As your parents age it may become necessary to speak to them about difficult topics, things you have never spoken to them about before, things that were always ‘none of your business.’ These topics may include:
· Is there a need for them to move to an assisted living situation or a nursing home?
· Who will have power of attorney if they cannot make their own financial or health care decisions?
· Do they have or want a living will?
· What are their preferred funeral arrangements?
Your parents have always been the grown-ups and you have always been the kid. This role reversal can be difficult for both parties. It becomes especially difficult if you have never spoken to your parents about important issues when you and they were younger. Luckily communication can be learned. In this article I will discuss some basic communication strategies to make these discussions go a little smoother.
- Be prepared.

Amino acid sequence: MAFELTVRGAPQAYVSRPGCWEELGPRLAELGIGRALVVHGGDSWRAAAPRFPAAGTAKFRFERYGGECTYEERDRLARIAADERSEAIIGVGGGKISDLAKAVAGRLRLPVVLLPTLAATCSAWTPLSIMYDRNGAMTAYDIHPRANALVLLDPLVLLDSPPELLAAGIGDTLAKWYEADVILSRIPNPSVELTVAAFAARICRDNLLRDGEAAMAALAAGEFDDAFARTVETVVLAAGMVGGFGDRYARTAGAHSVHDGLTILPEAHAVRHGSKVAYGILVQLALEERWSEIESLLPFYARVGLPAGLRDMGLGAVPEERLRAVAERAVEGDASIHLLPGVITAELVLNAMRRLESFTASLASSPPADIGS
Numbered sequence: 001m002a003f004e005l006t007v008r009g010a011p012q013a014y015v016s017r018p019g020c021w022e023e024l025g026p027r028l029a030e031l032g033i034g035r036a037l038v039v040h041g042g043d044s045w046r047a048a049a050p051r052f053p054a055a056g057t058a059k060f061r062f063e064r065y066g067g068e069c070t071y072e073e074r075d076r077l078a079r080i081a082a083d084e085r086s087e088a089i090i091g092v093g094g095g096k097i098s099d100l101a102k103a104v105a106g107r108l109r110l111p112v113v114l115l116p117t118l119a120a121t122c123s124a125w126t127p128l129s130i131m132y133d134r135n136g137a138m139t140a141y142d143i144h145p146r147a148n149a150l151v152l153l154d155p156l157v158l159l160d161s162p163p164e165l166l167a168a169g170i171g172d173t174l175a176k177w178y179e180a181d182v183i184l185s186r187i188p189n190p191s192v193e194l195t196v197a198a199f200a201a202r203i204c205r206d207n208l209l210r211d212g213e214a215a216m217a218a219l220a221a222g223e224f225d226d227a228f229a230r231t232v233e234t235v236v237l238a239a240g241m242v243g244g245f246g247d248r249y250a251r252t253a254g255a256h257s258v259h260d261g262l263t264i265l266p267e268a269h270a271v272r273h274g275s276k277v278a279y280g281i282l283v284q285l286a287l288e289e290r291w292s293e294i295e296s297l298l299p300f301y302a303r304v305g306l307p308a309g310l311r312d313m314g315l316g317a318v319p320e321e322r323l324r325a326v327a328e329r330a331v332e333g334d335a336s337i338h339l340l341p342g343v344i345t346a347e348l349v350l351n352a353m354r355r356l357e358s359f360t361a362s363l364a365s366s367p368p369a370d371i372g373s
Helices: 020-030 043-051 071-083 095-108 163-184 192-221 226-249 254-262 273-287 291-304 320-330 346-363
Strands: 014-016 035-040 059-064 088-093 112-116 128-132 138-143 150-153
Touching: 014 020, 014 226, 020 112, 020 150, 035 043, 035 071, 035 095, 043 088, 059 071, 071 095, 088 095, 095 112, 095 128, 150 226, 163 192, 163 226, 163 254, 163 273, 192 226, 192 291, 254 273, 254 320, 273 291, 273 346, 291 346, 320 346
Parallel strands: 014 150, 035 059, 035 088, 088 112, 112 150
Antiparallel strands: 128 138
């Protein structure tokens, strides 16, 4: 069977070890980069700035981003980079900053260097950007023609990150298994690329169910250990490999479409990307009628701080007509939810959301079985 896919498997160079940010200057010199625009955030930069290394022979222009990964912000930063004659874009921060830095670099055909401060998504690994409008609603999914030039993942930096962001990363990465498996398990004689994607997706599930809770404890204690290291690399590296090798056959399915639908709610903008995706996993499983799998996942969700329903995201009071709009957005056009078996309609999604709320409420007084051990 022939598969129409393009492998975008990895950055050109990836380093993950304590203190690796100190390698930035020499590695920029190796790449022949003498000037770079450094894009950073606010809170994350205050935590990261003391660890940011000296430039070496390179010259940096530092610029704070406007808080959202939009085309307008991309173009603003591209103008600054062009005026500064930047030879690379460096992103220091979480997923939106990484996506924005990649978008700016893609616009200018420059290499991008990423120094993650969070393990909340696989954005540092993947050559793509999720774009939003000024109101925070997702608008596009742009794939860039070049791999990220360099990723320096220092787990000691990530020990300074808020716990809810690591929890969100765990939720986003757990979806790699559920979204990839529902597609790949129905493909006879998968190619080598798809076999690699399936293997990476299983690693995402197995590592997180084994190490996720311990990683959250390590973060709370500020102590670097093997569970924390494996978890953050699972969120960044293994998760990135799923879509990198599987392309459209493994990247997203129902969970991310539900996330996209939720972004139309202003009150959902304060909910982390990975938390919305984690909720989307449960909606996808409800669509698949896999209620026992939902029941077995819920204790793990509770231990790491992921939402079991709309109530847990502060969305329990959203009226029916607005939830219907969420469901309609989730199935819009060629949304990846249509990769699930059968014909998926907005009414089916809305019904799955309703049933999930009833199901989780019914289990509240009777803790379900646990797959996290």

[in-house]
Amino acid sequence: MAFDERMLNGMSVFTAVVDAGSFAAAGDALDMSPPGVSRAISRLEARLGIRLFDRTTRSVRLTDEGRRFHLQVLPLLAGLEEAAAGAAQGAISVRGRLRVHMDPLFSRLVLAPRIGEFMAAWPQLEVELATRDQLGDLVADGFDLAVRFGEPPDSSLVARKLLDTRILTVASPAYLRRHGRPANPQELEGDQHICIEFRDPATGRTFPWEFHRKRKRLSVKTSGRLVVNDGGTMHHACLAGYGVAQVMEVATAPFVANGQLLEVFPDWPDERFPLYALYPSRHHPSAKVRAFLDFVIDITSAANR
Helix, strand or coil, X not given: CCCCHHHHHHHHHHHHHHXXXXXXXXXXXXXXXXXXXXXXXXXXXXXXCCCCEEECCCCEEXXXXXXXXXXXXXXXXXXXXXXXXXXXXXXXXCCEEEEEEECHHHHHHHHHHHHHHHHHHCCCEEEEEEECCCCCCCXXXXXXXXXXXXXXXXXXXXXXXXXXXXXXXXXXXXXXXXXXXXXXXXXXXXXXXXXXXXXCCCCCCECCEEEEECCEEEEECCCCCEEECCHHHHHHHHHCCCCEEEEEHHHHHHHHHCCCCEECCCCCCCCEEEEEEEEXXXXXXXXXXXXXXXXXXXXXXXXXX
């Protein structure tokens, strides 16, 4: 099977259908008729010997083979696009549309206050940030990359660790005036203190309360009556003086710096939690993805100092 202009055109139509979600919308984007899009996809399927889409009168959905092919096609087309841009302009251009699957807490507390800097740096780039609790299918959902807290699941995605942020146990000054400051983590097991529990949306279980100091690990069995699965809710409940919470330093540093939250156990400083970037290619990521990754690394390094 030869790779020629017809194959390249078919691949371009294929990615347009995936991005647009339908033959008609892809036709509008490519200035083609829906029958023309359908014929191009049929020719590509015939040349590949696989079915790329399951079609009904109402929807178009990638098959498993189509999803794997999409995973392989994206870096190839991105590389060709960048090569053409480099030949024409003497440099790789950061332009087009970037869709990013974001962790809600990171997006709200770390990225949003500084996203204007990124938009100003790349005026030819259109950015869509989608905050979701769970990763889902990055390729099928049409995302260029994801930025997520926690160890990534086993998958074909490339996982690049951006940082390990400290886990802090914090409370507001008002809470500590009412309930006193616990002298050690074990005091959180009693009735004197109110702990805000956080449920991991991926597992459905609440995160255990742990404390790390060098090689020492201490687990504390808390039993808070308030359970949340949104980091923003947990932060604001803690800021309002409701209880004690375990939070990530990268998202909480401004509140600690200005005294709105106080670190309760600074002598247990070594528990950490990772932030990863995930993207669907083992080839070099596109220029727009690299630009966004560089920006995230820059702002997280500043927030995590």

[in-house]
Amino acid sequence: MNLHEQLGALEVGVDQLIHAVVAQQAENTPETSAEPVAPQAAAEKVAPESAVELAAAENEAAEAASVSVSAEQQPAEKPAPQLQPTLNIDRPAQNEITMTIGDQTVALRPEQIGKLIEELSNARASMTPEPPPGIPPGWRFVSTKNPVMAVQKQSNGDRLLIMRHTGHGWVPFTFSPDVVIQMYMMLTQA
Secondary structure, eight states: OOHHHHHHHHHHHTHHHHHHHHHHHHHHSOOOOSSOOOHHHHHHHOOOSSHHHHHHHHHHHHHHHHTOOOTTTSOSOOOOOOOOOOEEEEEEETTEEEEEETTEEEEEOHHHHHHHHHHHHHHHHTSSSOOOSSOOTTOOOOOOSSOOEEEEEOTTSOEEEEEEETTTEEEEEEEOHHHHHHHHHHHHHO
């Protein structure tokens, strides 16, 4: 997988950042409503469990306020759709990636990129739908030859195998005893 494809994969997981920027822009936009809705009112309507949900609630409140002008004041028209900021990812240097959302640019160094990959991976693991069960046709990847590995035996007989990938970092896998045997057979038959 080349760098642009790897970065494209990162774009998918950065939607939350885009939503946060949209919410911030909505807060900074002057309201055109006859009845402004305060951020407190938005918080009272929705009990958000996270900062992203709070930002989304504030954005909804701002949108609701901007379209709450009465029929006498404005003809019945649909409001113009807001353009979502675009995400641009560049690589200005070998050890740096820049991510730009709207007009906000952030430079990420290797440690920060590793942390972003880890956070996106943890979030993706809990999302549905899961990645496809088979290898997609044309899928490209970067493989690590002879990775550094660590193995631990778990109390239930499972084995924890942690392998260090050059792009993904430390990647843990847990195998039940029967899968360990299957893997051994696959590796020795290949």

Plan when and where you will have this discussion. Spur
of the moment discussions about “hot” issues can be disastrous.
Before an important discussion you need to decide on the specifics
you expect to cover. Try not to veer off into other areas that are off the point.
- Leave old history out of it.
Related to preparation is being careful not to bring up old history. The oft repeated stories of who did what to whom has no place in this conversation if you truly want to accomplish anything. In a prepared discussion you are more able to leave those old issues behind. Remember: This is now. See your parents as they are now.
- Is it a good time for your parents to have this conversation
You may have planned ahead for this conversation and the time may be right for you, but a conversation involves at least two people. It won’t go well if you spring it on your parent without
giving her the opportunity to a say whether she also considers this is good time .
Of course, if no time is ever a good time for your parent you may have to plan a time to gently speak with her about her resistance or avoidance.